Posting compressed JSON Content to ASP.NET Web API Controller

I had a requirement to POST gzipped JSON content to a .NET web api controller. It turns out the technique for doing this is not easy, or at least not common knowledge. This is the solution I came up with that works:

public class GZipToJsonHandler : DelegatingHandler
	protected override Task SendAsync(HttpRequestMessage request, CancellationToken cancellationToken)
		// Handle only if content type is 'application/gzip'
		if (request.Content.Headers.ContentType == null ||
			request.Content.Headers.ContentType.MediaType != "application/gzip")
			return base.SendAsync(request, cancellationToken);

		// Read in the input stream, then decompress in to the outputstream.
		// Doing this asynronously, but not really required at this point
		// since we end up waiting on it right after this.
		Stream outputStream = new MemoryStream();
		Task task = request.Content.ReadAsStreamAsync().ContinueWith(t =>
				Stream inputStream = t.Result;
				var gzipStream = new GZipStream(inputStream, CompressionMode.Decompress);


				outputStream.Seek(0, SeekOrigin.Begin);

		// Wait for inputstream and decompression to complete. Would be nice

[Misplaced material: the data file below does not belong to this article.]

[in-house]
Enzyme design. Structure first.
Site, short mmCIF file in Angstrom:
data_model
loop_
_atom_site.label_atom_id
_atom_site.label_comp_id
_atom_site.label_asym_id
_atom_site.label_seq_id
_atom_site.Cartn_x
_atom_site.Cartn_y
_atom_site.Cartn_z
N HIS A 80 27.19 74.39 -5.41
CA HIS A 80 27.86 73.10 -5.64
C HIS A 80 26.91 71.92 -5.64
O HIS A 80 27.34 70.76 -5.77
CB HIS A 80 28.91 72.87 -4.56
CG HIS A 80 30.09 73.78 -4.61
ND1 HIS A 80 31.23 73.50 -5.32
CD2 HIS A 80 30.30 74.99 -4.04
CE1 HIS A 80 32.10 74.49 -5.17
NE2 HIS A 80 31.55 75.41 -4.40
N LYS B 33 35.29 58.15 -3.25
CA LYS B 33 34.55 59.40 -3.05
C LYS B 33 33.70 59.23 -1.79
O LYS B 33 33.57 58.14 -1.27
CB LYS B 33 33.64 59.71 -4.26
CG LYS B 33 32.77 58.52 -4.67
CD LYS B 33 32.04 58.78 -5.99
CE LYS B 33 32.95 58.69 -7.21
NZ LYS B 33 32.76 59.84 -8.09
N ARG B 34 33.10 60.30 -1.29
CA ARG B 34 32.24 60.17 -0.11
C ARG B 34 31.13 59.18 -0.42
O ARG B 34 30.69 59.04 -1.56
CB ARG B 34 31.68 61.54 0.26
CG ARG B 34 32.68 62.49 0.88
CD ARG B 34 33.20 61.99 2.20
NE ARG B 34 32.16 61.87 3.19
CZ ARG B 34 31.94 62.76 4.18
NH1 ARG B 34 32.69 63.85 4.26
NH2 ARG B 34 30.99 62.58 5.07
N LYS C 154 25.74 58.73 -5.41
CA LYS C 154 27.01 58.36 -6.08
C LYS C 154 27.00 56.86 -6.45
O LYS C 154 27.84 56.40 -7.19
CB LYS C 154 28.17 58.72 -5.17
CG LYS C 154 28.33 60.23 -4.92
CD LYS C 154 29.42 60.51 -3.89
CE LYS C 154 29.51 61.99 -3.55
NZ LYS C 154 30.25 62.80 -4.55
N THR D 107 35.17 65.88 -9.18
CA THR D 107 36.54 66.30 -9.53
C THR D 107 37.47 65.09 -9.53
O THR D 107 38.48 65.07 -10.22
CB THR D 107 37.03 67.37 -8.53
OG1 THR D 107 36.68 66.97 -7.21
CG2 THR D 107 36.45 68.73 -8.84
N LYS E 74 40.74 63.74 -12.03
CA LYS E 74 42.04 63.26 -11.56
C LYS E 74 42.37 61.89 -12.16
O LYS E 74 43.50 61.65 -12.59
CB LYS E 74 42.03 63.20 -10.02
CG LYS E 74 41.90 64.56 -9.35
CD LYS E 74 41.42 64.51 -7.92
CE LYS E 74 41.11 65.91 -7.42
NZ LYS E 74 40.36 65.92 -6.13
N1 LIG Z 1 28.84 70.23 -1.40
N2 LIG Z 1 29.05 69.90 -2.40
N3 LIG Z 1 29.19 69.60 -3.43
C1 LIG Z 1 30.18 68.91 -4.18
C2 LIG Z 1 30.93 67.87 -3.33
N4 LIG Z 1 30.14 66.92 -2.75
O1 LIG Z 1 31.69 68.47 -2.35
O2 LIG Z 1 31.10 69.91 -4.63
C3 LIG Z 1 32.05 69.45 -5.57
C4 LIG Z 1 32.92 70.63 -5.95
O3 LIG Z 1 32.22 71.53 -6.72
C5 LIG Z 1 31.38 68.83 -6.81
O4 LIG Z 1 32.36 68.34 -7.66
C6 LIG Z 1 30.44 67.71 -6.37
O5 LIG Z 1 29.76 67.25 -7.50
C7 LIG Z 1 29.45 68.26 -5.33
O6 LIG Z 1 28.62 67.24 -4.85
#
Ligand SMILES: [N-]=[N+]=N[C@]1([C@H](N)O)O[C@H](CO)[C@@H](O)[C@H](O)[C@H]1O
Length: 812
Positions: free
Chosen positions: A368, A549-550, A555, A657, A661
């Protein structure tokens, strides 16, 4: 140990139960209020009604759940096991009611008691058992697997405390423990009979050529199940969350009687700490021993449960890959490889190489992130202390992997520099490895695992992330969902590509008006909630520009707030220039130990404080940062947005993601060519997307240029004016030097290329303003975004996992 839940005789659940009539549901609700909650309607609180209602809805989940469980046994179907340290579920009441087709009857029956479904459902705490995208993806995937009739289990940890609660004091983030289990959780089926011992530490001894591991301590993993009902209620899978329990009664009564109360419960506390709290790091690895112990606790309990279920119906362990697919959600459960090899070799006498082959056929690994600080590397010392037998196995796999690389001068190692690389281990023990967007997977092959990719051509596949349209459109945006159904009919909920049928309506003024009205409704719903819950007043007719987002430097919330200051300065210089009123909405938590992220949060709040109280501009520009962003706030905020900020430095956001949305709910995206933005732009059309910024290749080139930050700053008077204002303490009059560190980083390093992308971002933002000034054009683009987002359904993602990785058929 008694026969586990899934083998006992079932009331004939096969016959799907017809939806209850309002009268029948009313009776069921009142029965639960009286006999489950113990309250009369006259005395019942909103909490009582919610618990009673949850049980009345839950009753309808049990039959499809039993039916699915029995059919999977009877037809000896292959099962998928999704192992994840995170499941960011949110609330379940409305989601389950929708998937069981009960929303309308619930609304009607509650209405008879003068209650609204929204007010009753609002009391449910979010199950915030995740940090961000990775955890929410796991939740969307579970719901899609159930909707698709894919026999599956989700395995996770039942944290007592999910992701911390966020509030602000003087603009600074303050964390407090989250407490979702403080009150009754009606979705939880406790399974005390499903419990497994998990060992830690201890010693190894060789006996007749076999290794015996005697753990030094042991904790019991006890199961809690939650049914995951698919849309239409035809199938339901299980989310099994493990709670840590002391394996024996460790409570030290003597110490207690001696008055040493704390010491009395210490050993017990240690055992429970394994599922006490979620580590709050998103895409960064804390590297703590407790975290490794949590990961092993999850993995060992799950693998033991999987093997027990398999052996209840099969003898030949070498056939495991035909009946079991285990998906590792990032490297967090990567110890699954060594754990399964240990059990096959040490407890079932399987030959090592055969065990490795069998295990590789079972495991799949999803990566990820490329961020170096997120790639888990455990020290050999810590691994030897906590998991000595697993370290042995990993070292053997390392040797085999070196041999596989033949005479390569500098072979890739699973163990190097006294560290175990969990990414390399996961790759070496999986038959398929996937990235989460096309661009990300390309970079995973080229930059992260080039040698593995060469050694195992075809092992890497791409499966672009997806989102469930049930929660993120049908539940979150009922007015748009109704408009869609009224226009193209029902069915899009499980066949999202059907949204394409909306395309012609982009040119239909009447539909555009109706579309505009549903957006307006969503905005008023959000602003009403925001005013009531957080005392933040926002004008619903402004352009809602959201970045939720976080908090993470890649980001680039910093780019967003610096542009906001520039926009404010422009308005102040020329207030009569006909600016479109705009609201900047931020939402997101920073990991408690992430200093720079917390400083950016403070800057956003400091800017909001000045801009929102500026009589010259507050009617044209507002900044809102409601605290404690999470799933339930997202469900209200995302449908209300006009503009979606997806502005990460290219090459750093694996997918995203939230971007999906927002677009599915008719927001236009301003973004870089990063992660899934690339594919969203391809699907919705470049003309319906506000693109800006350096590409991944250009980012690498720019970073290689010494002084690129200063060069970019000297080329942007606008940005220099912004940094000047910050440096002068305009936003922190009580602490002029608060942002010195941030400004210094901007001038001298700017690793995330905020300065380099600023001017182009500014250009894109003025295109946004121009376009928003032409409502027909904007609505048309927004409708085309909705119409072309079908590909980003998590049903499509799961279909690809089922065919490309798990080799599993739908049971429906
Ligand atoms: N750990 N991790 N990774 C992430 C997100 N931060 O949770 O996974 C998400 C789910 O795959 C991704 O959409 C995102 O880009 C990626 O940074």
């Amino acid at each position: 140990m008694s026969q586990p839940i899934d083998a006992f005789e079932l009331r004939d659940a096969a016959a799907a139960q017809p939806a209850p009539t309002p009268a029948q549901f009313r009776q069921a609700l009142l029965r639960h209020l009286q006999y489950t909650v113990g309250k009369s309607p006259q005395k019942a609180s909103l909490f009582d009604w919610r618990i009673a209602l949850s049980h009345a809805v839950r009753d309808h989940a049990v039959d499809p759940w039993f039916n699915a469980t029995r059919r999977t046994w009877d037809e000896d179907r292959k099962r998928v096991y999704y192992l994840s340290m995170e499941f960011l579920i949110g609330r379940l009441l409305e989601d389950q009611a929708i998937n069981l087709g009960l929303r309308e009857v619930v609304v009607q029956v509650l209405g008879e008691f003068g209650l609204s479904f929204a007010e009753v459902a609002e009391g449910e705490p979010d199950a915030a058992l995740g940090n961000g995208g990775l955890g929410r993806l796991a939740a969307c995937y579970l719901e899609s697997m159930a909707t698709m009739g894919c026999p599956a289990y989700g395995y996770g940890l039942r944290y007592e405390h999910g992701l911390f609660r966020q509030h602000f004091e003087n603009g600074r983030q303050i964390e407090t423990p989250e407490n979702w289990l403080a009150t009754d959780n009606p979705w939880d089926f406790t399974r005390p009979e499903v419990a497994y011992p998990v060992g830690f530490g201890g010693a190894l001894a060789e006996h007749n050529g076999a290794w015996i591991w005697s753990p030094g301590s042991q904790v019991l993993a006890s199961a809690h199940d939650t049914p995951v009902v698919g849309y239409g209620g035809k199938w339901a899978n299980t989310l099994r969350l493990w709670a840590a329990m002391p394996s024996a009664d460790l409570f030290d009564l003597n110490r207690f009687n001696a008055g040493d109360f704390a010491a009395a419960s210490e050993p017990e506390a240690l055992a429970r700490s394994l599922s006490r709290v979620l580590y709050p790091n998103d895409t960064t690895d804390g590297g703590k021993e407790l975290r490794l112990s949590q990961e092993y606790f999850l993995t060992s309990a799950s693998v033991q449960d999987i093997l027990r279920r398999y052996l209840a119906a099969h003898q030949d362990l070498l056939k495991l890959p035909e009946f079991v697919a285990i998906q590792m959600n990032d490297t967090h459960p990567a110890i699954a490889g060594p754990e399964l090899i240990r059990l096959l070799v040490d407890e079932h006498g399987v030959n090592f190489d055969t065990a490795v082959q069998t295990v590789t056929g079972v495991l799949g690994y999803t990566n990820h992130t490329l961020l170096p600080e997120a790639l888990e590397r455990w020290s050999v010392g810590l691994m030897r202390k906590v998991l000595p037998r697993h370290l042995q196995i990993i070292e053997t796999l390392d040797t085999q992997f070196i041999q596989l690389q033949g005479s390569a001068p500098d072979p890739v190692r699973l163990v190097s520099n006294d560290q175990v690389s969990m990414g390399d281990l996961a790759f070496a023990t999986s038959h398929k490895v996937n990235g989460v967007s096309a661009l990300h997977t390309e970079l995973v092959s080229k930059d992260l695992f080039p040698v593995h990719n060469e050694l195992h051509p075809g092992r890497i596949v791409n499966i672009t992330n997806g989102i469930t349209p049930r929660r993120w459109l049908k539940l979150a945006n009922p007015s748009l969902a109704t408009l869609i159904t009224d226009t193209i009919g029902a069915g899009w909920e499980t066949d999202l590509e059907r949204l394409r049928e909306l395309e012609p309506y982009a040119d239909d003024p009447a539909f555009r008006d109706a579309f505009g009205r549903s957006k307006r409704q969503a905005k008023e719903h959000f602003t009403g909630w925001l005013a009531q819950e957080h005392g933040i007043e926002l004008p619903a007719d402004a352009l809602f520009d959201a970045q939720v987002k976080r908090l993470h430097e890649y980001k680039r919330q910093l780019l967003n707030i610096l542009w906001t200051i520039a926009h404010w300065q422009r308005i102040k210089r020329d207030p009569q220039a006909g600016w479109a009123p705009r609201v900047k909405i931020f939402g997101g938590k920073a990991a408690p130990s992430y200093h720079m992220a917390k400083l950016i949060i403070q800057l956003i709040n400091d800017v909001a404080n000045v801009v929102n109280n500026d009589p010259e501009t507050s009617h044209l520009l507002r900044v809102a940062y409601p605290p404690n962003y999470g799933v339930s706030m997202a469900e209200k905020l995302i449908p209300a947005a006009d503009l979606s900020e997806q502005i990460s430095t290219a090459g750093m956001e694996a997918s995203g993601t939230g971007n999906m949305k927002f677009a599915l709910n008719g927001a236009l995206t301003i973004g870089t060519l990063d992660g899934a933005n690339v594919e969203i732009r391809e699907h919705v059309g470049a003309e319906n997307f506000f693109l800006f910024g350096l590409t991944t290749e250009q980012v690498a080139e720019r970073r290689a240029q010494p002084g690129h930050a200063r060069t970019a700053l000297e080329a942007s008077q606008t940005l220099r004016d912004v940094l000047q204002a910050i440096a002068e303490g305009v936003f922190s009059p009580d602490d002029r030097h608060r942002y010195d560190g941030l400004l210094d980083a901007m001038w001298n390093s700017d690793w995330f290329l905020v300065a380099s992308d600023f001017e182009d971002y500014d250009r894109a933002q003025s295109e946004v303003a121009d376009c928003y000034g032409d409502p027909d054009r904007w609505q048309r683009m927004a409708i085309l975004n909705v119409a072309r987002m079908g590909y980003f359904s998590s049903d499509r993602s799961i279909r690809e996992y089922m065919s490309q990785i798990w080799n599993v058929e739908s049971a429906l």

// to not block here and work async when ready instead, but I couldn't
		// figure out how to do it in context of a DelegatingHandler.

		// This next section is the key...

		// Save the original content
		HttpContent origContent = request.Content;

		// Replace request content with the newly decompressed stream
		request.Content = new StreamContent(outputStream);

		// Copy all headers from original content in to new one
		foreach (var header in origContent.Headers)
			request.Content.Headers.TryAddWithoutValidation(header.Key, header.Value);

		// Replace the original content-type with content type
		// of decompressed data. In our case, we can assume application/json. A
		// more generic and reuseable handler would need some other
		// way to differentiate the decompressed content type.
		request.Content.Headers.Add("Content-Type", "application/json");

		return base.SendAsync(request, cancellationToken);

Added to the MessageHandlers in WebApiConfig.cs with:

    config.MessageHandlers.Add(new GZipToJsonHandler());

Using this approach, existing controllers which normally work with JSON content and automatic model binding, continue to work without any changes. Related StackOverflow question with my answer here.

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